rattlesnake1Sure signs of spring in the desert: warming weather, blooming cacti — and rattlesnakes slithering out of their dens.


The information in the article that following was drawn from two sources, an article by Douglas Kreutz written for the Arizona Daily Star and from the http://snake-avoidance.com/ website.

MANY SIGHTINGS

Rattlesnakes typically come out of their winter dens in March or April, but uncommonly warm winter and spring weather brought some out earlier this year, said Randy Babb, a biologist with the Arizona Game and Fish Department.

“We had those real warm snaps early on, so they’ve been out for a while,” Babb said, noting that snake sightings have been common.

“We saw eight or so of them when we were out on a research project recently,” he said.


WIDE-RANGING RATTLERS

Babb said Arizona is home to 13 species of rattlesnakes, with eight or nine species living in Southeastern Arizona, depending on how the region is defined.

They range far and wide — from deserts, canyons and forests to urban backyards.

Some rattlers slither a mile or more from their dens to places where they spend the summer, Babb said.


A BIT ABOUT BITES

Rattlesnakes — sometimes called “buzzworms” because of the buzzing sound of their rattles — sometimes rattle before striking, but not always.

Some rattlesnake bites are so-called “dry bites” in which no venom is injected.

“During the last two seasons, the dry-bite rate was 19 percent in our patients,” Boesen said.

He said the best response to a bite is to go immediately to a medical facility for examination and treatment with anti-venom if needed.

“No cutting, no sucking, no tourniquets — none of that,” Boesen advised. “Just get to a hospital.”

He said plenty of anti-venom is available in Arizona this year.

Boesen and Babb said deaths from rattlesnake bites are extremely rare, and that there have been no known recent snakebite deaths in Southern Arizona.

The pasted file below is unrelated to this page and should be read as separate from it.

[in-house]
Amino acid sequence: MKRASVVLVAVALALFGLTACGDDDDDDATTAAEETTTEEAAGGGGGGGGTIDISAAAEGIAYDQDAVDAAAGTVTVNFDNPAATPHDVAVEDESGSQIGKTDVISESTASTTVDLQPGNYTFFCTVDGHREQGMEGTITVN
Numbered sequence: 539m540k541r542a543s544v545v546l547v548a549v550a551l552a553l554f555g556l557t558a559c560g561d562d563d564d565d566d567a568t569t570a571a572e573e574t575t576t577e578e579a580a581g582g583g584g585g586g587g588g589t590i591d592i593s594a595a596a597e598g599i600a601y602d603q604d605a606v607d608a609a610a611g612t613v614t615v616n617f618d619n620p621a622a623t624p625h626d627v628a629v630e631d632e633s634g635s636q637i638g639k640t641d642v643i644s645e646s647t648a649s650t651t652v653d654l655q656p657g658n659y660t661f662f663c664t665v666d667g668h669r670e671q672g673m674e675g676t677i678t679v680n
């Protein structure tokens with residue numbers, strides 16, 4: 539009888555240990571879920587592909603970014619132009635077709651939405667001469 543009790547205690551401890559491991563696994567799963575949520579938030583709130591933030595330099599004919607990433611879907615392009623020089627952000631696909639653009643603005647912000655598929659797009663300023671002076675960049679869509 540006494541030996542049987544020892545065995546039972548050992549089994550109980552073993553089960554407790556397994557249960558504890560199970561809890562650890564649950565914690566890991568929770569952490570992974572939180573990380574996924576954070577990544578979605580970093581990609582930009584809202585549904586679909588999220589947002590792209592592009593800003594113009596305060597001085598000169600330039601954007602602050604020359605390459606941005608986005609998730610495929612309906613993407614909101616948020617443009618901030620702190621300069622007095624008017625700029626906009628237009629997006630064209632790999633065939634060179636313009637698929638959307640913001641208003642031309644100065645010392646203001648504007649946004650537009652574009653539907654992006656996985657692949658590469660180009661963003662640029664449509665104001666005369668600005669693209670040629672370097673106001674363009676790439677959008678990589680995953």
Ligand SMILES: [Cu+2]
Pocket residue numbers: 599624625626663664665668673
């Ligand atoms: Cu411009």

Avoid rattlesnake bites

These tips for avoiding rattlesnake bites were provided by Keith Boesen, director of the Arizona Poison and Drug Information Center, and Randy Babb, a biologist with the Arizona Game and Fish Department.

• Be on the lookout for rattlesnakes — whether on a remote hiking trail or in your own backyard.
• Watch where you put your hands and feet. Avoid reaching into areas obscured by brush or rocks.
• "Don't approach or provoke snakes," Babb said. "A lot of people get bit while trying to capture, kill or tease snakes."
• "If you encounter a snake, take one or two steps back and you should be out of striking range," Boesen said.
• Some fire departments will remove rattlesnakes from a confined yard or house. Check with the department covering your area for information.

ENOUGH ABOUT YOU!

We can learn to protect ourselves by applying some of these commonsense precautions, however, a trip to your local pet trainer may be advisable for your four-legged friend. Click here to find a list of RAGofAZ trainer partners. You can then contact them about the snake avoidance training.

 

SNAKE TRAINING PAYS OFF FOR BOSCO AND EMILY:


“Thanks, the snake training paid off. About 8:30 p.m.one Saturday evening I let my two dogs, Bosco and Emily outside to take care of business before they received their night-time treat and went to kennels for the night.

The pair had just gone out the door when they quickly turned and ran back inside. I picked up the flashlight and went out to see a rattlesnake had made its way inside our brick wall and was lying coiled next to one of the bistro chairs. Wow, the dogs had heard the rattle of the snake and or smelled it, or both and knew exactly what to do”.

Training dogs to avoid being bitten by rattlesnakes has many names. Snake breaking, snake proofing, snake avoidance, snake aversion and snake busting all come to mind. While these terms all mean the same thing, dog training procedures, techniques and methods vary between those performing the snake avoidance programs.

Snake Avoidance training focuses on "SSSS." Safety, sight, sound and smell. As we know, dogs instinctively react to sight, sound and smell, and can also be conditioned or trained to react in a positive manner to such senses. Of course, safety always comes first, especially when venomous reptiles are involved. Snakes used by the various trainers are incapable of biting a dog or person. Be sure to speak with your local trainer, ask them to share their philosophy and the precautions they take when using snakes in the avoidance classes.

A visit to your local trainer may save you much grief and a large sum of money!

 

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